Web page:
A major Islamic organisation thrown into turmoil by an internal coup has been stacked with new executives that include two sacked school leaders and a halal certifier suing anti-Islam campaigner Kirralie Smith.
Fairfax Media reported on Monday that a group of former executive members of the Australian Federation of Islamic Councils
(AFIC), who either stepped down or were banned last year, entered the organisation’s Zetland headquarters late at night last week with a locksmith.
AFIC administers millions of dollars worth of halal certification, sits on $65 million worth of assets and runs six Islamic schools.
All six schools risked having their federal funding revoked after audits uncovered years of mismanagement, nepotism and financial impropriety by AFIC.
Hafez Kassem, who circulated a letter of voluntary resignation last year, now claims it was only temporary and he has “officially resumed my duties as president”.
Keysar Trad, who was elected unopposed to replace Mr Kassem in August, has not been able to enter the Zetland offices since last Monday.
The building remains occupied by the former members, who convened a meeting on February 11 and installed themselves as the executive committee and passed no confidence motions in all others, including Mr Trad.
Fairfax Media has learned that the new “committee” includes several people previously deemed to be central to AFIC’s mismanagement.
Refaat El-Hajje, who lasted six months as principal of AFIC’s Malek Fahd Islamic College in Greenacre, has been installed as secretary.
In a bizarre twist, he complained to the NSW government of “continuous AFIC interference and unethical behaviour” when he was principal in 2013 and said he was sacked because he started asking AFIC for financial transparency.
Mr Kassem’s new treasurer, Mohammed El-Mouelhy, now has access to AFIC’s million-dollar halal certification regime.
He is in the midst of a defamation case against Kirralie Smith, a senate candidate for Australian Liberty Alliance and the founder of anti-halal website, Halal Choices.
Farouk Kahn, who was sacked as the chairman of the Islamic College of South Australia in 2015, has been reinstated as vice-president.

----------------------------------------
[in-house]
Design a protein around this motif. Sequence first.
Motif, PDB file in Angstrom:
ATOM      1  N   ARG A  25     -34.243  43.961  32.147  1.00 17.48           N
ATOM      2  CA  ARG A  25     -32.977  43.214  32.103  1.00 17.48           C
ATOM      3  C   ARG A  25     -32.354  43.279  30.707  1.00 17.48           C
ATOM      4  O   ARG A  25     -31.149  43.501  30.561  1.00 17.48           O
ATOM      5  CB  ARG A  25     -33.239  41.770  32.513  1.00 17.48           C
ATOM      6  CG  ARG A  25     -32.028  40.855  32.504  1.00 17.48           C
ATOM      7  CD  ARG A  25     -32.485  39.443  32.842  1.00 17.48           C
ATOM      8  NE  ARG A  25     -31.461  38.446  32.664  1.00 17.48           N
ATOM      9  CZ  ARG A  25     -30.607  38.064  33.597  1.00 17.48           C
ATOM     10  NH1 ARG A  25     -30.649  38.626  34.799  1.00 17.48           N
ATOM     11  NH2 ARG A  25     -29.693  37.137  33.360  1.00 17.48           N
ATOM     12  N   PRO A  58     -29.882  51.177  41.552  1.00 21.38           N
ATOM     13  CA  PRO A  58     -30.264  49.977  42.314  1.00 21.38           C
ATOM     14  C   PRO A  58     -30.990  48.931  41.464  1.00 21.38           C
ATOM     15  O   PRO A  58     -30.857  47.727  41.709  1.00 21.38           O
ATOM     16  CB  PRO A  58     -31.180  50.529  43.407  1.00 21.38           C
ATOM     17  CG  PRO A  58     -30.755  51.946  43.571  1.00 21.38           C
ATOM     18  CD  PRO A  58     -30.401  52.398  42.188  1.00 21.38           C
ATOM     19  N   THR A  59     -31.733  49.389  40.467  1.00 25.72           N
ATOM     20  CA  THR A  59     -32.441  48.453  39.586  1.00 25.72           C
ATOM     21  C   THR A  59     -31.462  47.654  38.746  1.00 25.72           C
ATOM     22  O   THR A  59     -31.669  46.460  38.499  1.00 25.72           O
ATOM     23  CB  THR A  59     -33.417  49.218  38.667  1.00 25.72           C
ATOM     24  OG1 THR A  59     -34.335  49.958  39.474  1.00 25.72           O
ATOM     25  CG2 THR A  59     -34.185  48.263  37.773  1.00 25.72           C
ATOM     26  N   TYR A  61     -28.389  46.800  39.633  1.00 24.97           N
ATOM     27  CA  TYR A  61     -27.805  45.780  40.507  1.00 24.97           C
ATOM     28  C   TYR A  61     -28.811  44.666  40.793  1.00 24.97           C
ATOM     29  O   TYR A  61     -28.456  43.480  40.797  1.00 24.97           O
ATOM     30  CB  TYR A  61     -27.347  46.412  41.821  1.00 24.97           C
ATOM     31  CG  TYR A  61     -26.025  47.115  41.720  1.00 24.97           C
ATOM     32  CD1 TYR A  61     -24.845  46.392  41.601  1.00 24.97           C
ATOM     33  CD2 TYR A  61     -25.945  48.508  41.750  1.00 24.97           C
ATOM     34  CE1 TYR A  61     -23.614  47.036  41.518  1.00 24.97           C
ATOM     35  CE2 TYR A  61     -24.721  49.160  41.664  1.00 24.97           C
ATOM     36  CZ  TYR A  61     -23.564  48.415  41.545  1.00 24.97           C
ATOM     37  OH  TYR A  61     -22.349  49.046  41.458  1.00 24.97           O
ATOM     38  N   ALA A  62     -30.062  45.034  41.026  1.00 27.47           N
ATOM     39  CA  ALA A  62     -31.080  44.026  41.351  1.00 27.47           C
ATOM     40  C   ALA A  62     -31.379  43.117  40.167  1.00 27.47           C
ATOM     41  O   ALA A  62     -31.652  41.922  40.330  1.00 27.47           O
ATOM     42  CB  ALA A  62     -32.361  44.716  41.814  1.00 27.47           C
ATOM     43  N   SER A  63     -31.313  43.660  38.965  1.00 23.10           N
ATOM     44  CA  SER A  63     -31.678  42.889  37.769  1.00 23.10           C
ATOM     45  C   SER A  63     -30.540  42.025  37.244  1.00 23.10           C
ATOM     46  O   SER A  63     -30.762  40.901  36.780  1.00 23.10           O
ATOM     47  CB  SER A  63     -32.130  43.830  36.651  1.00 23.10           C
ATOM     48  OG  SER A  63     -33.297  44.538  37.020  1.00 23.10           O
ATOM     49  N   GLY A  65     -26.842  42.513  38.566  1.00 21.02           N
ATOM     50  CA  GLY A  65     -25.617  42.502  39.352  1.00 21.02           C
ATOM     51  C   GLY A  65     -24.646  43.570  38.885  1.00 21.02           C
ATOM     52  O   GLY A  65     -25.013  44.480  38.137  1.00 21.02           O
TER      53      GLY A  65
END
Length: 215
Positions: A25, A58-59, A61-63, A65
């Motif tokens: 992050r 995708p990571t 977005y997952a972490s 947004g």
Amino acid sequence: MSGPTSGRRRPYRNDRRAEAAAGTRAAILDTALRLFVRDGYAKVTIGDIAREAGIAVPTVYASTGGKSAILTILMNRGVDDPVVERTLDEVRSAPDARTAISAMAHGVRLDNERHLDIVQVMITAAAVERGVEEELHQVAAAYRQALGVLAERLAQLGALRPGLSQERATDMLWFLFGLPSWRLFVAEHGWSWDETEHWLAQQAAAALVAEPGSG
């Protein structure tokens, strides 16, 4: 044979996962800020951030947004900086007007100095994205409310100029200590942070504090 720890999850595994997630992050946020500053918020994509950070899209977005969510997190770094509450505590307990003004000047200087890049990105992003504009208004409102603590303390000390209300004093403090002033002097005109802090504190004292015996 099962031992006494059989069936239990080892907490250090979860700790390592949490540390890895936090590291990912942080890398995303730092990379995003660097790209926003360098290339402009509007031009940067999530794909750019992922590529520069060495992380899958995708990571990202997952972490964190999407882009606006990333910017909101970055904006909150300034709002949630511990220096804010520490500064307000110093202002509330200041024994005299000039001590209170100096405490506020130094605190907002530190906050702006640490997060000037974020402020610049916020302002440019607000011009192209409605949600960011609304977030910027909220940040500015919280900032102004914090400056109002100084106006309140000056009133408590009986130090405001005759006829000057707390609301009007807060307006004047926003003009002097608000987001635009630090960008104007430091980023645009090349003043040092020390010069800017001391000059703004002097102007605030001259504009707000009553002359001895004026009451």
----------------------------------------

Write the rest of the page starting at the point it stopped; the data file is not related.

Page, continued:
“I know now that he was never properly terminated from that position,” Mr Kassem wrote in a statement released after the February 11 meeting.
He declared his new executive committee to be a “team that has considerable experience in managing organisations and represent the best chance for AFIC to implement proper governance … so that it can regain the respect of the community”.
“The days of the president … acting without proper consultation and proper process are gone,” he wrote. “I have learnt these lessons and want to make sure the mistakes of the past are not repeated.”
Insiders fear the group who took control of the offices now have access to sensitive documents and accounts as well as material central to several external investigations and audits.
AFIC is in the midst of a three-year financial audit by the Australian Charities and Not-for-profits Commission, which has threatened to revoke its charity status.
Federal funding for schools is also under review.
The Islamic College of South Australia lost its funding this month and about $19 million was withdrawn from Malek Fahd last year after a court upheld evidence that the school had been siphoning profits to AFIC through high rents and fake loans.
The NSW Supreme Court has been tasked with determining who runs AFIC after the former committee, led by Mr Trad, commenced proceedings on Monday.
They have demanded Mr Kassem and eight others stop purporting to be the executive committee and “immediately surrender” the Zetland premises.
The case returns to court on Wednesday.
Mr Kassem’s group claim Mr Trad’s committee were never legitimately voted in.
Mr Kassem did not answer calls on Monday and a security guard prevented Fairfax Media from visiting the Zetland office on Tuesday.
Most of the nine state and territory councils that make up AFIC have written letters saying they don’t support Mr Kassem.